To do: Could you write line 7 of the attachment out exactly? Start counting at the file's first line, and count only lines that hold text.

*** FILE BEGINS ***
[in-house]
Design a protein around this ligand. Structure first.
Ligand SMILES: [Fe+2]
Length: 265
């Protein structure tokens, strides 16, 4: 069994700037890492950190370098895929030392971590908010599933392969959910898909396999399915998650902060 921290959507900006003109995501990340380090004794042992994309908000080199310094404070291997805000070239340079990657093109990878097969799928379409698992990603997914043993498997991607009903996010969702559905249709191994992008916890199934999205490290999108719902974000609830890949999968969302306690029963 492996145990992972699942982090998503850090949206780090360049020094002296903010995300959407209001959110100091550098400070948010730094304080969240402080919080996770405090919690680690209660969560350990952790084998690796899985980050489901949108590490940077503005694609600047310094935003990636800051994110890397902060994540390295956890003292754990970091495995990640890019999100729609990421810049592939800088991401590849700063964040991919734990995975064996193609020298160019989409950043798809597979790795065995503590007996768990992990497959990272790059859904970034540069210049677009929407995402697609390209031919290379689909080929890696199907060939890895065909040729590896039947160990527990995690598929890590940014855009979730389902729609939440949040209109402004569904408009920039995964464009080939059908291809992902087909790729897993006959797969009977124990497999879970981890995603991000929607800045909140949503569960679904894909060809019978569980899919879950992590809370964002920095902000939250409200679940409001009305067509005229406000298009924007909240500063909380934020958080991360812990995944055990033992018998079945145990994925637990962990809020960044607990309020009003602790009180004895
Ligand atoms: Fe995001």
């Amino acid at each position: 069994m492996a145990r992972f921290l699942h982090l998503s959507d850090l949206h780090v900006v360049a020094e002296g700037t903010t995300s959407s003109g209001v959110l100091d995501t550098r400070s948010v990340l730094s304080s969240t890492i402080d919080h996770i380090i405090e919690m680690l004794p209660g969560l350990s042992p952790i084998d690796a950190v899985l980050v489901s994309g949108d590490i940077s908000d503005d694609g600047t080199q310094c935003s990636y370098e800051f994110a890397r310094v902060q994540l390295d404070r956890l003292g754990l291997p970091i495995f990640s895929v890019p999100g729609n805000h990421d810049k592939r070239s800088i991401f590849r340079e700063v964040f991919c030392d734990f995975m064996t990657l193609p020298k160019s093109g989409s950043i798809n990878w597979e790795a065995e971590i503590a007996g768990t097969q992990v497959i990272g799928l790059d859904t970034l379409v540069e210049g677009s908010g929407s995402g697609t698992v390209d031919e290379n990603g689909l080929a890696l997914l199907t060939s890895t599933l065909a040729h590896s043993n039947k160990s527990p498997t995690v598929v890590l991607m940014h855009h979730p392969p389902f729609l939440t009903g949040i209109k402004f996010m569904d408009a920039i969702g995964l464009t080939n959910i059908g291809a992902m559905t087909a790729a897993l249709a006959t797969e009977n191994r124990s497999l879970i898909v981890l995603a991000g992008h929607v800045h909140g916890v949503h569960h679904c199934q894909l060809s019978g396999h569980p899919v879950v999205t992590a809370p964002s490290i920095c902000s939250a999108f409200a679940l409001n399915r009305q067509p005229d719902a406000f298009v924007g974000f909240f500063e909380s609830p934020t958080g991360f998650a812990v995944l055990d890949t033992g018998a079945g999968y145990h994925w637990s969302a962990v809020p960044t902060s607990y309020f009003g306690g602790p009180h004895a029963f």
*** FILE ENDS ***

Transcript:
């Amino acid at each position: 069994m492996a145990r992972f921290l699942h982090l998503s959507d850090l949206h780090v900006v360049a020094e002296g700037t903010t995300s959407s003109g209001v959110l100091d995501t550098r400070s948010v990340l730094s304080s969240t890492i402080d919080h996770i380090i405090e919690m680690l004794p209660g969560l350990s042992p952790i084998d690796a950190v899985l980050v489901s994309g949108d590490i940077s908000d503005d694609g600047t080199q310094c935003s990636y370098e800051f994110a890397r310094v902060q994540l390295d404070r956890l003292g754990l291997p970091i495995f990640s895929v890019p999100g729609n805000h990421d810049k592939r070239s800088i991401f590849r340079e700063v964040f991919c030392d734990f995975m064996t990657l193609p020298k160019s093109g989409s950043i798809n990878w597979e790795a065995e971590i503590a007996g768990t097969q992990v497959i990272g799928l790059d859904t970034l379409v540069e210049g677009s908010g929407s995402g697609t698992v390209d031919e290379n990603g689909l080929a890696l997914l199907t060939s890895t599933l065909a040729h590896s043993n039947k160990s527990p498997t995690v598929v890590l991607m940014h855009h979730p392969p389902f729609l939440t009903g949040i209109k402004f996010m569904d408009a920039i969702g995964l464009t080939n959910i059908g291809a992902m559905t087909a790729a897993l249709a006959t797969e009977n191994r124990s497999l879970i898909v981890l995603a991000g992008h929607v800045h909140g916890v949503h569960h679904c199934q894909l060809s019978g396999h569980p899919v879950v999205t992590a809370p964002s490290i920095c902000s939250a999108f409200a679940l409001n399915r009305q067509p005229d719902a406000f298009v924007g974000f909240f500063e909380s609830p934020t958080g991360f998650a812990v995944l055990d890949t033992g018998a079945g999968y145990h994925w637990s969302a962990v809020p960044t902060s607990y309020f009003g306690g602790p009180h004895a029963f």